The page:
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And mark the lily's lowly bed,
In shelter of its friendly shade,
Which meekly drinks the fragrant tear,
And hangs its cold cup weeping near.

Thy vernal beauty, like the tree,
With dewy kindness comforts me,
Thy shade my shelter-Nymph divine
The bloom of thy existence mine!

Yet still, bright rose, the gales must blow.
That soon will lay thy beauty low;
And, ah! the wind that strips the tree,
Pale lily, too, will injure thee.

So, when the storms of Fate blow high,
Shall Beauty's ruins vanquished lie;
But Virtue clears the clouds away;
And triumphs in immortal day!
Yes, Mira, virtue blossoms still,
Beyond the power of Fate to kill;
Which, when it ends this mortal strife,
But ushers in eternal life.

WE'LL DRINK LIKE MORTAL MEN. (R. A. Millikin.)

HAD I the tun which Bacchus used,
I'd sit on it all day,

For while a can it ne'er refused,
He nothing had to pay.,

I'd turn the cock from morn till eve,
And never think it trouble,
But I'd contrive, you may believe,
To make it carry double.

My friend should sit as well as I,
And take a jovial pot;

For he that drinks (although he's dry)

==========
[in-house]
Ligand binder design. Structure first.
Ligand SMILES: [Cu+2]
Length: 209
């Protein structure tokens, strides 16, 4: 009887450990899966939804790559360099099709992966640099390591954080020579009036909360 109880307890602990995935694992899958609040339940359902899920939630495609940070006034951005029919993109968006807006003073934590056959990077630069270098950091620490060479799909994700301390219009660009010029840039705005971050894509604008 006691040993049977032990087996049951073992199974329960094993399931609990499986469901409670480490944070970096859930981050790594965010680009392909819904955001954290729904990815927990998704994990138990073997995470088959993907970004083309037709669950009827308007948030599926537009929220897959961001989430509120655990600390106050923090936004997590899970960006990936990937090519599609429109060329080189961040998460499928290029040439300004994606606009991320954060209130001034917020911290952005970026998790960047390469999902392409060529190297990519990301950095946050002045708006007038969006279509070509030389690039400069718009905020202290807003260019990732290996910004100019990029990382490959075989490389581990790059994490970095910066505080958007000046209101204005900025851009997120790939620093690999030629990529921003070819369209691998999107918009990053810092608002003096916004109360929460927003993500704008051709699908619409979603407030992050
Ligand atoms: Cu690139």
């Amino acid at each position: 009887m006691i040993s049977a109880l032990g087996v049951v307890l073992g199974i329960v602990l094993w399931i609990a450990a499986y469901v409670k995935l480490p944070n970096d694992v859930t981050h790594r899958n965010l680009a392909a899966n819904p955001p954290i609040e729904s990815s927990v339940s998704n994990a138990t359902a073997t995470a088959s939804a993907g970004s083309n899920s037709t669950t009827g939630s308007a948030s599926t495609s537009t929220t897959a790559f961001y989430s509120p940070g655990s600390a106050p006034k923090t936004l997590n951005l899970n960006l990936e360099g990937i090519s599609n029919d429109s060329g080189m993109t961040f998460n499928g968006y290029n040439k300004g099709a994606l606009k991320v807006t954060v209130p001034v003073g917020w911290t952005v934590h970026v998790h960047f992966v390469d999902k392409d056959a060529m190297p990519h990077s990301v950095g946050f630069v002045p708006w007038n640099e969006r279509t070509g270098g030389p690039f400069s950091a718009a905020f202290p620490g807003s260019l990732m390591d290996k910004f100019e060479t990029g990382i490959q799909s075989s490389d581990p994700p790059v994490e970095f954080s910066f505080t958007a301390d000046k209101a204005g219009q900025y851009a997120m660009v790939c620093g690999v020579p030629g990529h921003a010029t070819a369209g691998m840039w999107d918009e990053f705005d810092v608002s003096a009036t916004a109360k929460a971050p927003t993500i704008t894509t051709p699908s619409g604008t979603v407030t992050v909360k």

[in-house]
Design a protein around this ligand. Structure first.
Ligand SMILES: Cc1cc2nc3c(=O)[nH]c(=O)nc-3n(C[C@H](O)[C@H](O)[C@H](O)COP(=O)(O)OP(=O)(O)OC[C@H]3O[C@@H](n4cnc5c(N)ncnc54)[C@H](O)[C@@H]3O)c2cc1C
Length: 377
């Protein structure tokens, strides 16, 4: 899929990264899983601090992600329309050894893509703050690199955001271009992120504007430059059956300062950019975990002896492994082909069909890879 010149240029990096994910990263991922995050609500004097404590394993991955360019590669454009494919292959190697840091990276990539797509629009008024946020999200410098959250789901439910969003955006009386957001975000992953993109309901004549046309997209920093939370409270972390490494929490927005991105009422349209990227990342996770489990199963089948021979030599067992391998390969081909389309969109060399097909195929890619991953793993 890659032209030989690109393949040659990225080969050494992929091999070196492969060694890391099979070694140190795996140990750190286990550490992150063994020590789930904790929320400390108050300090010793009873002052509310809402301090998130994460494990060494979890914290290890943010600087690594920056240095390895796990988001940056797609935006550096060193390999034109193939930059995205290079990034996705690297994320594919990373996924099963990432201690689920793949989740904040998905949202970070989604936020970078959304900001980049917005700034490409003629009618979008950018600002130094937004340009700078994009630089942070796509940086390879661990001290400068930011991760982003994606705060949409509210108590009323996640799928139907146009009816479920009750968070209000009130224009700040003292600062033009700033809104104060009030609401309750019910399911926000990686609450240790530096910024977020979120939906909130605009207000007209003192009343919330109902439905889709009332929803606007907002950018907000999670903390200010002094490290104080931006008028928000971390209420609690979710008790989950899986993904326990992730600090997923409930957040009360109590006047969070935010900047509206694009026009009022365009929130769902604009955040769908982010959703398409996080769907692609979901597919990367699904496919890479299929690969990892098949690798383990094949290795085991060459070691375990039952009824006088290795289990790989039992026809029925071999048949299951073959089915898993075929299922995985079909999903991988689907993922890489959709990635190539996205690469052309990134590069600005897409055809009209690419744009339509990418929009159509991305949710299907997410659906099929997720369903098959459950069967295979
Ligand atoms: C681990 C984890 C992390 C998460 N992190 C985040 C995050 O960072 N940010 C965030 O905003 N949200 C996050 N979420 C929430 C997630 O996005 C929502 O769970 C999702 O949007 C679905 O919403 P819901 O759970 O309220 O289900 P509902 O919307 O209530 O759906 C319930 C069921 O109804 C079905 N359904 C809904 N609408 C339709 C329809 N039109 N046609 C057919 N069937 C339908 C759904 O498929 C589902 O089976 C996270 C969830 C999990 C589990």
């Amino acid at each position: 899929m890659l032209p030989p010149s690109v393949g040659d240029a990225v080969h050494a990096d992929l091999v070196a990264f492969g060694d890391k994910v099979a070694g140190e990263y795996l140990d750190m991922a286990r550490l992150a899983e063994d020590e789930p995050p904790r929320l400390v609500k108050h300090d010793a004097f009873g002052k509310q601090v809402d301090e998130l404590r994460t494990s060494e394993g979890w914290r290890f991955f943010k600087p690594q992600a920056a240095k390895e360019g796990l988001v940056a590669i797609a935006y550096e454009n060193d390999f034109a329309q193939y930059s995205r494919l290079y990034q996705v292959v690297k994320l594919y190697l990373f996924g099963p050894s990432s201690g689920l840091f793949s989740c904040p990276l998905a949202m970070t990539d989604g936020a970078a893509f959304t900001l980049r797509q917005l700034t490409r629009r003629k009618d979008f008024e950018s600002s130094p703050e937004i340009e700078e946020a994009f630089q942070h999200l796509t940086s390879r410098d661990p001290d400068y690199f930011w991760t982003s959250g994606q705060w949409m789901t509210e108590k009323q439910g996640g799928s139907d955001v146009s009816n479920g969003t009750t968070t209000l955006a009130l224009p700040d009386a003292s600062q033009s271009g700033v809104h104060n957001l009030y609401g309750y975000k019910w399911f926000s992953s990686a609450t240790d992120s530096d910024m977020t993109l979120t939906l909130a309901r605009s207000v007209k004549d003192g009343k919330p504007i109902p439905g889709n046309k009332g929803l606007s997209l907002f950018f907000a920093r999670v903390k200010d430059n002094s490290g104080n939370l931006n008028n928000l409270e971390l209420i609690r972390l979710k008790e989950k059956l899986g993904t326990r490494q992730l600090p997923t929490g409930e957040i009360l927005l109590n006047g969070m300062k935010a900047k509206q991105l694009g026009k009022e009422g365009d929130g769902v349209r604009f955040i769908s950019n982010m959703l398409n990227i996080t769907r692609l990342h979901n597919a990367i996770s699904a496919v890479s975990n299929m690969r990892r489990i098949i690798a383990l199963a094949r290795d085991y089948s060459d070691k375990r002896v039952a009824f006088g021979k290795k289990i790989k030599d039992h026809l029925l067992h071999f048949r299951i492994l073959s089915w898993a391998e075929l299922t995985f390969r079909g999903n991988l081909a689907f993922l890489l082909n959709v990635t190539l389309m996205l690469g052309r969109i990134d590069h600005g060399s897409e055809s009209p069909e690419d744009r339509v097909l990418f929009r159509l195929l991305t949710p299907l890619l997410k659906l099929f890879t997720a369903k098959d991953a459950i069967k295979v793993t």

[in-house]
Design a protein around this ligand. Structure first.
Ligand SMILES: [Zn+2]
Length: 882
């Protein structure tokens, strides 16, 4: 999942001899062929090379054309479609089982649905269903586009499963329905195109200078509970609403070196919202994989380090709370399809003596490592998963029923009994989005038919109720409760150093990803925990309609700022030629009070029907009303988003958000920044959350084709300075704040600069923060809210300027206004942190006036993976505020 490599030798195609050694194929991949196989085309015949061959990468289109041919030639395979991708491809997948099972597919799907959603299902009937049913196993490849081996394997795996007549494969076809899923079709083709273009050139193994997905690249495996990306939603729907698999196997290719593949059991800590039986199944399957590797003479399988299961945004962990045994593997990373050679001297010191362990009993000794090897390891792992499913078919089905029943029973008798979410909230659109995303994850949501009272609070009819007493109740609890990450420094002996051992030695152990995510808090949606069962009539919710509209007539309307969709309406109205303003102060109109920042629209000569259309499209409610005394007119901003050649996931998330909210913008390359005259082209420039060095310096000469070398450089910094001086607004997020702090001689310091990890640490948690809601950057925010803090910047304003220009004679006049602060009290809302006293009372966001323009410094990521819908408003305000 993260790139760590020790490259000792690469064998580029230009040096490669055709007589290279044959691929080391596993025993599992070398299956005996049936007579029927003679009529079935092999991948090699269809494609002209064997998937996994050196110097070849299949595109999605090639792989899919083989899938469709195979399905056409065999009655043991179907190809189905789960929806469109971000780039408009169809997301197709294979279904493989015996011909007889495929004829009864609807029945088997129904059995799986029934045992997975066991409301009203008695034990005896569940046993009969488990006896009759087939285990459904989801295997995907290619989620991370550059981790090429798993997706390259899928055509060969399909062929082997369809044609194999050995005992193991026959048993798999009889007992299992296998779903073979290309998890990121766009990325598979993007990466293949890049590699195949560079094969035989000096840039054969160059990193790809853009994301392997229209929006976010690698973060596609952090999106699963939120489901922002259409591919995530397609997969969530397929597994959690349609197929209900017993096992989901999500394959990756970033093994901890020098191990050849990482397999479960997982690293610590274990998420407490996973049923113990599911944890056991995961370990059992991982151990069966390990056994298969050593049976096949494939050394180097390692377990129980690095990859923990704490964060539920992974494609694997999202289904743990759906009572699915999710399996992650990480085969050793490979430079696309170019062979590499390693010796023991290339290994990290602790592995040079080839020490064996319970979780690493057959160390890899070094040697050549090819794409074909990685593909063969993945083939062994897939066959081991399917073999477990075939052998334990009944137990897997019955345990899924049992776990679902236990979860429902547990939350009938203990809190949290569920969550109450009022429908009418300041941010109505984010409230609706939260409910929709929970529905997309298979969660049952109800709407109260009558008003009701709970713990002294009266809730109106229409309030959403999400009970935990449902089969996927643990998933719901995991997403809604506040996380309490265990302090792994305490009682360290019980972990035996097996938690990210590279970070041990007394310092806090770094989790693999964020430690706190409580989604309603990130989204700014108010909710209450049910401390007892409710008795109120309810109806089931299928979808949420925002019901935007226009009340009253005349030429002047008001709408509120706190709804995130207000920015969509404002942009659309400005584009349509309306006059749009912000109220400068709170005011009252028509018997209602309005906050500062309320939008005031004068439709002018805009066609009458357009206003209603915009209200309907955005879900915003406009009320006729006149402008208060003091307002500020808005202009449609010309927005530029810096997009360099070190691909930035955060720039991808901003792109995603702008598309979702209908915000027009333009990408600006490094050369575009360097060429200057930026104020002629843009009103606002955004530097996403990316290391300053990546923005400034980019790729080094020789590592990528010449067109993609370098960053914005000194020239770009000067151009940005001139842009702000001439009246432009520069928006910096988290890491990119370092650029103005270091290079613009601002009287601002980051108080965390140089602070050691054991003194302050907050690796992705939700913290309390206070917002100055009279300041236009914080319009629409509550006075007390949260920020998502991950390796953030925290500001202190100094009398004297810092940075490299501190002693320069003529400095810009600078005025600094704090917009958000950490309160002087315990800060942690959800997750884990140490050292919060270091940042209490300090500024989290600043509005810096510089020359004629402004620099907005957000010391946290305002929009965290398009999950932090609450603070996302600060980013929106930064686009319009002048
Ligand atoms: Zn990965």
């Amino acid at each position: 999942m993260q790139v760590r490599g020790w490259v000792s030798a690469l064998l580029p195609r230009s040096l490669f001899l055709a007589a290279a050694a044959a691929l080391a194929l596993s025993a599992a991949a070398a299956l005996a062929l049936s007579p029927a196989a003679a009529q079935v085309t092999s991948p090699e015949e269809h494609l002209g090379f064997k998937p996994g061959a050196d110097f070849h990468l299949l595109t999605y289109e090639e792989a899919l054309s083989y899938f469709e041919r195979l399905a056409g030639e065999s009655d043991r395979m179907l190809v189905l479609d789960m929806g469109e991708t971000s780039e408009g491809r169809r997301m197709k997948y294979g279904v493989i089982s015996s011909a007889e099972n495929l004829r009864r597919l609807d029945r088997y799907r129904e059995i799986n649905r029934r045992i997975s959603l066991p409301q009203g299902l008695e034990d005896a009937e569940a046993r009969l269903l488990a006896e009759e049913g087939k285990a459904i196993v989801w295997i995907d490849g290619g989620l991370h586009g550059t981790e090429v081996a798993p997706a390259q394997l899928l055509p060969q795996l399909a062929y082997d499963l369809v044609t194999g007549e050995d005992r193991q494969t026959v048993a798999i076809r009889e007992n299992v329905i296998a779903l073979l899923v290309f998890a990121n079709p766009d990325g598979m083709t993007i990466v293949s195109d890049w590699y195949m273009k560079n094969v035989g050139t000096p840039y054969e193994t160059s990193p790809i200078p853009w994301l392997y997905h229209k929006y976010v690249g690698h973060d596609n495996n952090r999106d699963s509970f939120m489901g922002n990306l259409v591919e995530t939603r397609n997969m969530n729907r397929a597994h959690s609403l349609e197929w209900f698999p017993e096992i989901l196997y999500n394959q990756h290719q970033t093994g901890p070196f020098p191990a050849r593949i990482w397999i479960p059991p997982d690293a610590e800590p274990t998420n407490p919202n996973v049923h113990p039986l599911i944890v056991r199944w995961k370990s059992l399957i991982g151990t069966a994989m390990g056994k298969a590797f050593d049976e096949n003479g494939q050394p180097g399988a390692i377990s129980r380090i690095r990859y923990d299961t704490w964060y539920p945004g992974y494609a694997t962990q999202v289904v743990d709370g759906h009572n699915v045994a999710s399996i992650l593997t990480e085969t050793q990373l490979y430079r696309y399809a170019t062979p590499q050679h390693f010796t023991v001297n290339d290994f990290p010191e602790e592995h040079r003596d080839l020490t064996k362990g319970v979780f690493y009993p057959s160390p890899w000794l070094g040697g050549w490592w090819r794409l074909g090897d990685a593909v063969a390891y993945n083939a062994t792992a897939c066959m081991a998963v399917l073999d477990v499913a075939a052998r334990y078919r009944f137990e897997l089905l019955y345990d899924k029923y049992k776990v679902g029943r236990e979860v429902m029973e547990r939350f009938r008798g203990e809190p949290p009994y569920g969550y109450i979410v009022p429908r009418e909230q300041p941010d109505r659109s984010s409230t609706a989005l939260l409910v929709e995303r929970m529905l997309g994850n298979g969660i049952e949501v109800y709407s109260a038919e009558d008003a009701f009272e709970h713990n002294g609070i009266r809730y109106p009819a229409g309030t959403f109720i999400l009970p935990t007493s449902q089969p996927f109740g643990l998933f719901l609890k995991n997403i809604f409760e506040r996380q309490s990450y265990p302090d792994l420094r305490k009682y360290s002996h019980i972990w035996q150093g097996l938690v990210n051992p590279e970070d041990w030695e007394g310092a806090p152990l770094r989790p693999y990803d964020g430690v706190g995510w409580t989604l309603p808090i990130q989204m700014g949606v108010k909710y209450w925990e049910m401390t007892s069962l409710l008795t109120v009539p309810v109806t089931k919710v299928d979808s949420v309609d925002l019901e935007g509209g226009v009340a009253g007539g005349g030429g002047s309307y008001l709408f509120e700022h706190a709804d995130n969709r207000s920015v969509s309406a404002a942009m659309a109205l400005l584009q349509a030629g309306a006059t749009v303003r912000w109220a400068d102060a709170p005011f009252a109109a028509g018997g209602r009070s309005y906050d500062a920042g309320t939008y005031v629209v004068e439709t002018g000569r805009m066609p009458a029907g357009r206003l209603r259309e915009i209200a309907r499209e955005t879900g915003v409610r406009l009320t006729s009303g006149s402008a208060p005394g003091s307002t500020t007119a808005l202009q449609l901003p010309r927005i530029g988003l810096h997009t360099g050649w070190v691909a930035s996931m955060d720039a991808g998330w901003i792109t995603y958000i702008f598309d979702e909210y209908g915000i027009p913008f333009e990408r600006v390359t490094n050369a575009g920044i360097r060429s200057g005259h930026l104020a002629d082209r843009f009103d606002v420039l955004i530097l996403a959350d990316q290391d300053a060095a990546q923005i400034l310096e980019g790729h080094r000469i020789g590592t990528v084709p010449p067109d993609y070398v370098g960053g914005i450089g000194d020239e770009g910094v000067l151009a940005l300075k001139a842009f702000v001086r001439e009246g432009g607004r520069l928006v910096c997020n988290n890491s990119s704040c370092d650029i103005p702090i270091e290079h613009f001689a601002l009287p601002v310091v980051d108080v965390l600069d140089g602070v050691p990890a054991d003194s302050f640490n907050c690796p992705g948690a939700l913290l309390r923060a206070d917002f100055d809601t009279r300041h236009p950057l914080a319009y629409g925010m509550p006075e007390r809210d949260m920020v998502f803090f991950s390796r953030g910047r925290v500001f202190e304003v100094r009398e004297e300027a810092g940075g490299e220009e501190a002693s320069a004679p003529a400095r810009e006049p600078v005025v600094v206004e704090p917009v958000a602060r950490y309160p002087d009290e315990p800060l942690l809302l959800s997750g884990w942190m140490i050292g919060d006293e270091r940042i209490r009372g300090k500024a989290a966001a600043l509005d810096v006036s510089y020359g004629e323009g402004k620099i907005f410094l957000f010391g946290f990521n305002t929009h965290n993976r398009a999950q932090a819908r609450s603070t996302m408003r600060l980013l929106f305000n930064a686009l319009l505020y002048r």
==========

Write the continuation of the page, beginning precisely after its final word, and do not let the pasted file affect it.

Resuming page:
Alone, is sure a sot.

Now since the tun which Bacchus used
We have not here-what then?
Since godlike toping is refused,
We'll drink like mortal men.

ENGLAND, EUROPE'S GLORY. [Music, Horn, Tichborn-Street, Piccadilly.]

THERE is a land amidst the waves
Whose sons are famed in story,
Who never were, or will be slaves,
Nor shrink from death or glory!
Then strike the harp, and bid it swell,
With flowing bowl before ye,
Here's to the land in which we dwell.
To England, Europe's glory.

Bles land, beyond all lands afar,
Encircled in the waters,
With lion-hearted sons in war,

And Beauty's peerless daughters.
Go ye, whose discontented hearts
Disdain the joys before ye,
Go, seek a home in foreign parts,
Like England, Europe's glory.
Whether in sultry climes ye rove,
A solitary stranger,
Or seek the foreign fair one's love,
Where lurk deceit and danger :
Where will ye find domestic bliss,
With social sweets before ye;
A land so great, so good as this-
Like England, Europe's glory?

.......

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IN Chester town a man there dwelt,
Not rich as Croesus, but a buck;
The pangs of love he clearly felt,

His name was Thomas Clutterbuck.
The lady he did most approve
Most guineas gold had got 'em,
And Clutterbuck fell deep in love
With Polly Higginbottom.

O! Thomas Clutterbuck,

And O! Polly Higginbottom!

I sing the loves, the smiling loves,
Of Clutterbuck and Higginbottom.